Brief of the 8 Money Truths - Good people do good with more money. So, don't let yourself down if you wish to be rich. Today I'll be sharing 8 money truths. But what are the 8 money truths, anyway? And how can I advice you? Well, most of these money truths are from my personal experience and some I learned via researching and making mistakes. All I can say is this - money comes to you on your ability to believe in it's energetic state. The answer to many questions about personal finances isn’t black or white. There are so many variables, choices, and potential outcomes for most situations that, in many cases, the best answer is simply: it depends. But you won’t hear any uncertain or unsatisfying money advice in this blog-post. I’m going to cover 8 money truths that apply to everyone in every situation. They have the power to transform your financial life—if you let them. And these aren't any hooey, 'no-it-doesn't-apply' gimmicks. These are facts backed up by psychological and scientific evidences in certain cases. Here are the 8 money truths -
As you go about your daily blog writing or any form of writing for that matter, be sure to steer clear of these most common grammar mistakes, which are the pitfalls of so many otherwise great writers. When I come across these mistakes, I cringe to read on. Could you be turning readers away with syntax slip-ups? Read along to discover the most common grammar mistakes, and be sure you get these grammar rules right the next time you set out to write!
Have you ever wondered about our educational system and why it's so tedious and outdated? I mean, it keeps teaching about the same syllabus it taught our grandparents and the people before them. School is a valuable experience for sure for about the first 5 or so years. Once you learn how to read, write and do basic math, you’ve learned 80% of what you need to go out and create your life on your terms. It’s cliche at this point to say that the most important things you learn in life you don’t learn in school. I know in my life, the most important things I’ve learned I had to figure out on my own as an adult. It might look like high school and college are separated by only a few, short, glorious summer months, but the reality is very different. The two are worlds apart! There are so many valuable things that you learn almost immediately after going through the college gates that it’s remarkable. Obvious things that you would never have even considered back in school. And still, even the college falls short about teaching valuable life skills and survival tactics which can be applied in the real world.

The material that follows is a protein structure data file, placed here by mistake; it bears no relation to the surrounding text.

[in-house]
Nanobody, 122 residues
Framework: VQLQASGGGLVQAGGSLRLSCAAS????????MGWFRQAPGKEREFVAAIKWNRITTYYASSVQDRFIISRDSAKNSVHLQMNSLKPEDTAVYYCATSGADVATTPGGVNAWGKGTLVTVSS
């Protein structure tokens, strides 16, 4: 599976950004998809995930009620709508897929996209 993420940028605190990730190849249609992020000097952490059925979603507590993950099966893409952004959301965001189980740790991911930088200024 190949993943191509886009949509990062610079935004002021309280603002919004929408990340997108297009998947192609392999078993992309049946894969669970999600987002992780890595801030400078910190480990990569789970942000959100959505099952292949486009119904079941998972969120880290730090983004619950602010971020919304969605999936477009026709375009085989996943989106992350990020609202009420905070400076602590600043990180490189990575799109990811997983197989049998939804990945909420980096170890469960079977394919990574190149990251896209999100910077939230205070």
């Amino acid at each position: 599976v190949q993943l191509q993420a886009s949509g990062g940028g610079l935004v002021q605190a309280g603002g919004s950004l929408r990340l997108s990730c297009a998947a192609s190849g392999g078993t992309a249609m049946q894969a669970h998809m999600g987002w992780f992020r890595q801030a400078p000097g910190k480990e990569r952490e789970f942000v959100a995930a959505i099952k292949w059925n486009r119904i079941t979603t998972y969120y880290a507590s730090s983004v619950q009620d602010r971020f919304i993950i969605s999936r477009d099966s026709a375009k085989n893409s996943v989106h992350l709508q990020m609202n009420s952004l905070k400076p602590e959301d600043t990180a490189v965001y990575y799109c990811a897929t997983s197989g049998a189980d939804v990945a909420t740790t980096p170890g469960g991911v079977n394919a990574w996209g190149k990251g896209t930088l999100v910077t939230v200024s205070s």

But what exactly is imposter syndrome? I created this blog post especially to answer that question and break the chains of self-doubt. It takes years as a person to unlearn a quality that we were taught to be felt sorry for. In the process of apologizing for every little mistake, we start doubting our own thoughts and beliefs and start judging all aspects of our universe. Stick with me till the end and hopefully you'll learn a thing or two. There’s been a lot of press about the Imposter Syndrome in the past few years, but what it comes down to is a feeling of intellectual fraudulence. You may have degrees, awards, good performance reviews, promotions, maybe even accolades in a public forum like Angel – but you push it all away. You minimize positive feedback. The story you tell yourself is that you’re a one-hit-wonder, that your success is a fluke that couldn’t happen again. You have no idea how you landed your job or why someone gave you this authority. What you do know is that it’ll certainly all disappear if you screw up even once.
How many times have you tried to break a bad habit? Several? Every January 1st? Every darn day? I'm with you. I’ve tried many different ways to break my bad habits. But none of the conventional tips and tricks brought me lasting success. We try the weirdest things to get rid of our bad habits. And we blindly believe every single person who gives us advice on the topic. Questions to ask yourself: When did I start this habit? Was there a significant life event that may have contributed to starting? What emotion(s) am I feeling when I engage in this behavior? What do I feel before, during, and after the behavior? When do I engage in the behavior? Are there any common triggers for this behavior? Are there times when I engage in this behavior more? At what times do I engage in this behavior less? Bad habits jeopardize your health — both mentally and physically. And they waste your time and energy. So, how can you delete your bad behaviors and stick to good ones instead? I certainly don't have all of the answers, but keep reading and I'll share what I've learned about how to break a bad habit.